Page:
Receiving and Responding to a Mail Survey: 
Phenomenological Examination

James G. Helgeson
School of Business Administration, Gonzaga University

Researchers are interested in how receiving a mailed survey fits into the life of their anticipated respondents. A research methodology that is designed to allow a researcher to come in contact with events, as they are actually lived and experienced by individuals, is phenomenology.

From a natural science (for example, physics, biology), logical/positivist viewpoint, phenomenological methodologies would be bad science. But the fact is that a positivist versus a phenomenologist approach to knowledge acquisition springs from entirely different philosophical roots. These differences become particularly important when considered in the light of the pursuit of knowledge in the human sciences (for example, sociology, marketing). Some of the differences between these two views of science are presented in Table 1. (See Giorgi 1986, and Valle & King 1978 for a discussion of these differences, Hunt 1990 for how to blend the two approaches, and Helgeson & Mager 1992 for a cookbook approach to conducting phenomenological research).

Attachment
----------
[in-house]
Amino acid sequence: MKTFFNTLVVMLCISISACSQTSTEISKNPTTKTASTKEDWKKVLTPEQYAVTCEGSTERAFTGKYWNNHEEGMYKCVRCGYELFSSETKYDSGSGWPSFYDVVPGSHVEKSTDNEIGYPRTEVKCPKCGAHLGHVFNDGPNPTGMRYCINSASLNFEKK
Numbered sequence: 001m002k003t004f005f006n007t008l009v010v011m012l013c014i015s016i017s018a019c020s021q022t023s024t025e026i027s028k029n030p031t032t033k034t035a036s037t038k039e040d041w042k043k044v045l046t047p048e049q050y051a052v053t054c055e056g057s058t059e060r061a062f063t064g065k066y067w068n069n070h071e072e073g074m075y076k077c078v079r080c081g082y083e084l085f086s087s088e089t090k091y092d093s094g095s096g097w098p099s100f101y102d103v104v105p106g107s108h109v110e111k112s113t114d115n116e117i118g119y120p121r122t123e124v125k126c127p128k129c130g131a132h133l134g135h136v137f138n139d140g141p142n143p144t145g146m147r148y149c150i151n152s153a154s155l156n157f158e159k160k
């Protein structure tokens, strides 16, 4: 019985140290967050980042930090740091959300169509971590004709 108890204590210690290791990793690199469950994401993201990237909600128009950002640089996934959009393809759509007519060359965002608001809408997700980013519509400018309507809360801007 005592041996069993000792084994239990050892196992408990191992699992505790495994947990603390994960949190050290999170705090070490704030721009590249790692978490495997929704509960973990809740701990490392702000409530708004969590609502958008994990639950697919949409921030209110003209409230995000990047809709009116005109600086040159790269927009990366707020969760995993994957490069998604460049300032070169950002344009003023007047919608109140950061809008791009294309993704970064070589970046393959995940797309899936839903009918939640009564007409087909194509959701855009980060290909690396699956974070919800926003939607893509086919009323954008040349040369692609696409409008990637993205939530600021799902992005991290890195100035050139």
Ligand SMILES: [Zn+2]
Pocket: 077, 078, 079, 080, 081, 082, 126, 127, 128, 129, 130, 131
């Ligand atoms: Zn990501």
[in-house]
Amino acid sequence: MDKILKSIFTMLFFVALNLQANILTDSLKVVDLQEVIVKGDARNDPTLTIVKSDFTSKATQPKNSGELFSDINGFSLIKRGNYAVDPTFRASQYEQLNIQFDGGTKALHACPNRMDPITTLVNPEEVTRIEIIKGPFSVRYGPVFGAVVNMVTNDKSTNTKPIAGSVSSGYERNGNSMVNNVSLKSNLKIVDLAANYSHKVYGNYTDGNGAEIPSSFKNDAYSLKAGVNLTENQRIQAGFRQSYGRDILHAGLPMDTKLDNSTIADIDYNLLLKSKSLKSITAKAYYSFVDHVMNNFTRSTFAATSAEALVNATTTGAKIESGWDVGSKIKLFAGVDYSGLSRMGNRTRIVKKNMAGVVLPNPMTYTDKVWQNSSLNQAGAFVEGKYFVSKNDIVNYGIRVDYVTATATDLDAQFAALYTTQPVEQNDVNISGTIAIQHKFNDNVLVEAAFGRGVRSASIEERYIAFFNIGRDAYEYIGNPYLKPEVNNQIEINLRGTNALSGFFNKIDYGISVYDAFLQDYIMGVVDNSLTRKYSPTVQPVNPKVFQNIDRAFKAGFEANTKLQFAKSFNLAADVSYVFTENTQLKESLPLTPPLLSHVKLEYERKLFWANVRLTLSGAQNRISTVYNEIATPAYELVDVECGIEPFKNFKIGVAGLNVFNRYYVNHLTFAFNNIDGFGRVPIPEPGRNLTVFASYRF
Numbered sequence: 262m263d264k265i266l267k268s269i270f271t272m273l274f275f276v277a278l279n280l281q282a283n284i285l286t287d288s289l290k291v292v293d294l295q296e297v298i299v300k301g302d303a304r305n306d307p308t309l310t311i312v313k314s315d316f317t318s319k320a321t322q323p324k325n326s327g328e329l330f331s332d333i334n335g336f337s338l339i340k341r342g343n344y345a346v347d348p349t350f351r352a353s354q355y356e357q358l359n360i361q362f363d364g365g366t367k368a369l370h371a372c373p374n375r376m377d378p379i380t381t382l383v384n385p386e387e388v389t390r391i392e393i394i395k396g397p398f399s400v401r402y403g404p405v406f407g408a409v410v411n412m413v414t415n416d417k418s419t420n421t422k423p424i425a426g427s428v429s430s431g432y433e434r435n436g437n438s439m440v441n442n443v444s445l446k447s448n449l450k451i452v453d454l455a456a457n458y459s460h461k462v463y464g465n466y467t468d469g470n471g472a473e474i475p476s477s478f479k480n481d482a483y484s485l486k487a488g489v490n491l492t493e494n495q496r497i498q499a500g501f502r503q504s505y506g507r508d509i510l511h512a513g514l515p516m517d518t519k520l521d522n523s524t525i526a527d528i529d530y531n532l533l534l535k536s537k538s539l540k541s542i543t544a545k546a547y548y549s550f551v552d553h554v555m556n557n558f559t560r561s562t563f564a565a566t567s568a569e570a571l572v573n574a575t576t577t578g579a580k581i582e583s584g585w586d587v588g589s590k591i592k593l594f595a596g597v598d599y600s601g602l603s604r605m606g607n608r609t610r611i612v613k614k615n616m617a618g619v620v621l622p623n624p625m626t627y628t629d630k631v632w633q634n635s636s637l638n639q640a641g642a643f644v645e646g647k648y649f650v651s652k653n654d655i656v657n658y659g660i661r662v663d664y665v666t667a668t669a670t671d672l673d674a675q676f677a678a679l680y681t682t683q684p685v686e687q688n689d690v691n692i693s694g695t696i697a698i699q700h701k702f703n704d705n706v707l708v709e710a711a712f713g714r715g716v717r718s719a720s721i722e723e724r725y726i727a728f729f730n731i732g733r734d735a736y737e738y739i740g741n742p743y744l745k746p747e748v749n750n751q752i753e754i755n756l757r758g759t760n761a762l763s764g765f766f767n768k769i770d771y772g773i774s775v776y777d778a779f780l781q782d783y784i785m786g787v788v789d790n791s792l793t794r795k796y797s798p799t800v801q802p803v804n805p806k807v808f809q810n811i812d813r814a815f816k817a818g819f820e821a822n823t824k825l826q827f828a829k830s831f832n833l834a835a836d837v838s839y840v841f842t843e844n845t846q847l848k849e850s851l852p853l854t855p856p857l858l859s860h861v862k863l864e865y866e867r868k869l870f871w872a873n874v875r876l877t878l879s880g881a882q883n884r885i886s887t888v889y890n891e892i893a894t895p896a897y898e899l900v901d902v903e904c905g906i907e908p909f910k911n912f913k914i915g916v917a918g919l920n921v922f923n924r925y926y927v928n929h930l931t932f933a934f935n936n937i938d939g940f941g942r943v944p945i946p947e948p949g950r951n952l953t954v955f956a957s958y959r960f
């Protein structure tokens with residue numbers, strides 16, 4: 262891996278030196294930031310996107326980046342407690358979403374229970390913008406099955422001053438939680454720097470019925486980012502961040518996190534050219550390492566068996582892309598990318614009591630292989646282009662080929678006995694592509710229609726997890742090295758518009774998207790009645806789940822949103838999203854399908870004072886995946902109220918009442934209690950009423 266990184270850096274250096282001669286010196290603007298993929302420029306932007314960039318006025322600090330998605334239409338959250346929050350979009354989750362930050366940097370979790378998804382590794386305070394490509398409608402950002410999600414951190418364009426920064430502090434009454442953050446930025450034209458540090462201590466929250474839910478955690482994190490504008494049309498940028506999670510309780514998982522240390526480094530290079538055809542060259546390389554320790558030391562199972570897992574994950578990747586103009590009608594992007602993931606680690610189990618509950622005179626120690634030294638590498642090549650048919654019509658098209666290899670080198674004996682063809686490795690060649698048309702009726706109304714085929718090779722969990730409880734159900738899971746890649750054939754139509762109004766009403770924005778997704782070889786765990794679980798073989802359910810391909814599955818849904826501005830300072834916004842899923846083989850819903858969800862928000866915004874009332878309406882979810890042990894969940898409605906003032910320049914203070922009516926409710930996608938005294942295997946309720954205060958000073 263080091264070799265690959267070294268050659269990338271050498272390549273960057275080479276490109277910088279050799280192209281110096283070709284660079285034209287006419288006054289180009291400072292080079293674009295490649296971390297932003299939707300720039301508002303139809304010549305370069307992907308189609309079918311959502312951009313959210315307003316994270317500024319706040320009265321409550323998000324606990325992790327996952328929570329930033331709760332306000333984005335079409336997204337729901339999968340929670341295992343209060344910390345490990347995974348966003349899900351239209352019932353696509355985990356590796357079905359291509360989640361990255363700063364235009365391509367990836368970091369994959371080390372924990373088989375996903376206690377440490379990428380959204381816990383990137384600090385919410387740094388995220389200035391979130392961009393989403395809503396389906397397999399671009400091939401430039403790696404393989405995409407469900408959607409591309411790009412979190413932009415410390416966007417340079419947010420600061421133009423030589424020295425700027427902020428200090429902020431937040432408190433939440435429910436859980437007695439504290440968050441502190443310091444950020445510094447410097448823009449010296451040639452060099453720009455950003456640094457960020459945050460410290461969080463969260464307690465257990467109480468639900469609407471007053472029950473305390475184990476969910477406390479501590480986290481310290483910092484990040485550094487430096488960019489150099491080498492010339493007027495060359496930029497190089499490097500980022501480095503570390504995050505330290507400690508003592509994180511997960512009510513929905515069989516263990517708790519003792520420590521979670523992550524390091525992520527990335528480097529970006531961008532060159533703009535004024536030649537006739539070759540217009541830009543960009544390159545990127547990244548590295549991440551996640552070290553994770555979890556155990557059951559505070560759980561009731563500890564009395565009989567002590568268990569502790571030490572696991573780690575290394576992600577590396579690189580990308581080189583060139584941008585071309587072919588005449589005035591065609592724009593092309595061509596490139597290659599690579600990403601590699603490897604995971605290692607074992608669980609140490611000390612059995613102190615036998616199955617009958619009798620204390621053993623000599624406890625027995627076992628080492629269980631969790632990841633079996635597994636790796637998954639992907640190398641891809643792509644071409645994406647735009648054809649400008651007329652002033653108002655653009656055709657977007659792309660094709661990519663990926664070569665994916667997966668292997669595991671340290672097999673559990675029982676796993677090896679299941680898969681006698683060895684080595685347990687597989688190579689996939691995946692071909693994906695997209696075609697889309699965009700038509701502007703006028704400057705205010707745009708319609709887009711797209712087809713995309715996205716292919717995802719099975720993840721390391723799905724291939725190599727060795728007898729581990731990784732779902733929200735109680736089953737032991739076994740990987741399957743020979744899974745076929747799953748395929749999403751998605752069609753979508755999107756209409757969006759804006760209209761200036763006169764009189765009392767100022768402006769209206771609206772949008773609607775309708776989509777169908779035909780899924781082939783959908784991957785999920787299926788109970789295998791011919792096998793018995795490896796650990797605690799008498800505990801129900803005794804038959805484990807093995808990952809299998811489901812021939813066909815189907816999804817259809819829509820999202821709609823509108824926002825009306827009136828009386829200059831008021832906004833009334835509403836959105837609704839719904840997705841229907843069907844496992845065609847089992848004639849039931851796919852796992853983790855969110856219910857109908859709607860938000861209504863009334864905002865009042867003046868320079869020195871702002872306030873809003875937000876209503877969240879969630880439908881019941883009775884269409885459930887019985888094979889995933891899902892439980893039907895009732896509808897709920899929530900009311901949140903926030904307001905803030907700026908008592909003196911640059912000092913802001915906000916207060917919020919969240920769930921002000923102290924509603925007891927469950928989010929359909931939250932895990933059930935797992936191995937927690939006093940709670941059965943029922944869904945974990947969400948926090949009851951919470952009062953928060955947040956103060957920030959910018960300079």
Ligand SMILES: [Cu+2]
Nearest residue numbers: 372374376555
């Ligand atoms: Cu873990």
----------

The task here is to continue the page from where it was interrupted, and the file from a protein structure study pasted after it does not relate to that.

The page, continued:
Logical positivist/Cartesian view   Phenomenological view
Man’s place in the world:
People are objects in the world
vs People are indissoluably united and interrelated with their world
Knowledge acquisition:
Focus is on theoretical structures from a third person view
vs Focus is on experience from a first person view
Logic is deductive and inductive reasoning (for example, calculative)  vs Logic is based on finding patterns as they emerge (for example, meditative)
Approach is through examination of the component parts of a phenomenon vs Approach is through examination of experiences and their interrelationship to each other in the world in which they are found
Goal is to reduce a phenomenon to quantitative dimensions which adhere to laws and principles vs Goal is to develop a theme-based description of the phenomenon